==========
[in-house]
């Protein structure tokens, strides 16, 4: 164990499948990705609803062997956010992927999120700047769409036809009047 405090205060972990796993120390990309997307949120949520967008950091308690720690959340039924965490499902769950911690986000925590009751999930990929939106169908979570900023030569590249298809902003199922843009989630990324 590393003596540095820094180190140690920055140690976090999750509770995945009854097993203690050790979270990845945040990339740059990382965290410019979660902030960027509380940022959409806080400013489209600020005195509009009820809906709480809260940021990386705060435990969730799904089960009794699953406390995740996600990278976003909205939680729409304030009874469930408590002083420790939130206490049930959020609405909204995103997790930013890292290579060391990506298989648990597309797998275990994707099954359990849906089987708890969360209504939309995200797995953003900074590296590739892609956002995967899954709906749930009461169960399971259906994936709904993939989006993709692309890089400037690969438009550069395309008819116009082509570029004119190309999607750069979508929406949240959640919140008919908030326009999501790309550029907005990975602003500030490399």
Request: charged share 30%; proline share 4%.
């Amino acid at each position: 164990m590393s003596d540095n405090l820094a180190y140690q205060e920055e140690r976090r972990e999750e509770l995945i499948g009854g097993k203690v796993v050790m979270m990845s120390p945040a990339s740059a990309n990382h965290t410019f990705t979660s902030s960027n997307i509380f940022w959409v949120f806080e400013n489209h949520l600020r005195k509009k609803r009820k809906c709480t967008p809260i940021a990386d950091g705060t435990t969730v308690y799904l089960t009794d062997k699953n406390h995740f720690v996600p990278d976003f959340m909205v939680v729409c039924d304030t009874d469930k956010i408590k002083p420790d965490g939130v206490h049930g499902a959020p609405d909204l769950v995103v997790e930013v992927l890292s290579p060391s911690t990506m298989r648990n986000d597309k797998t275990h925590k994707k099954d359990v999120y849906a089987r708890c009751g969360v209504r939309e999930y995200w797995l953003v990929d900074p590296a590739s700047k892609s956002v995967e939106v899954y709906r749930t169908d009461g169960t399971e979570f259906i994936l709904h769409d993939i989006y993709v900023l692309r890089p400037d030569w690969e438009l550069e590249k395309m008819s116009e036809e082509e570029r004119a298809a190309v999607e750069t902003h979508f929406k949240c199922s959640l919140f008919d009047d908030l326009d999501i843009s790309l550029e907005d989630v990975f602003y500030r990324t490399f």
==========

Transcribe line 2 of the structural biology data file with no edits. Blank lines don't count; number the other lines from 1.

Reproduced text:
């Protein structure tokens, strides 16, 4: 164990499948990705609803062997956010992927999120700047769409036809009047 405090205060972990796993120390990309997307949120949520967008950091308690720690959340039924965490499902769950911690986000925590009751999930990929939106169908979570900023030569590249298809902003199922843009989630990324 590393003596540095820094180190140690920055140690976090999750509770995945009854097993203690050790979270990845945040990339740059990382965290410019979660902030960027509380940022959409806080400013489209600020005195509009009820809906709480809260940021990386705060435990969730799904089960009794699953406390995740996600990278976003909205939680729409304030009874469930408590002083420790939130206490049930959020609405909204995103997790930013890292290579060391990506298989648990597309797998275990994707099954359990849906089987708890969360209504939309995200797995953003900074590296590739892609956002995967899954709906749930009461169960399971259906994936709904993939989006993709692309890089400037690969438009550069395309008819116009082509570029004119190309999607750069979508929406949240959640919140008919908030326009999501790309550029907005990975602003500030490399």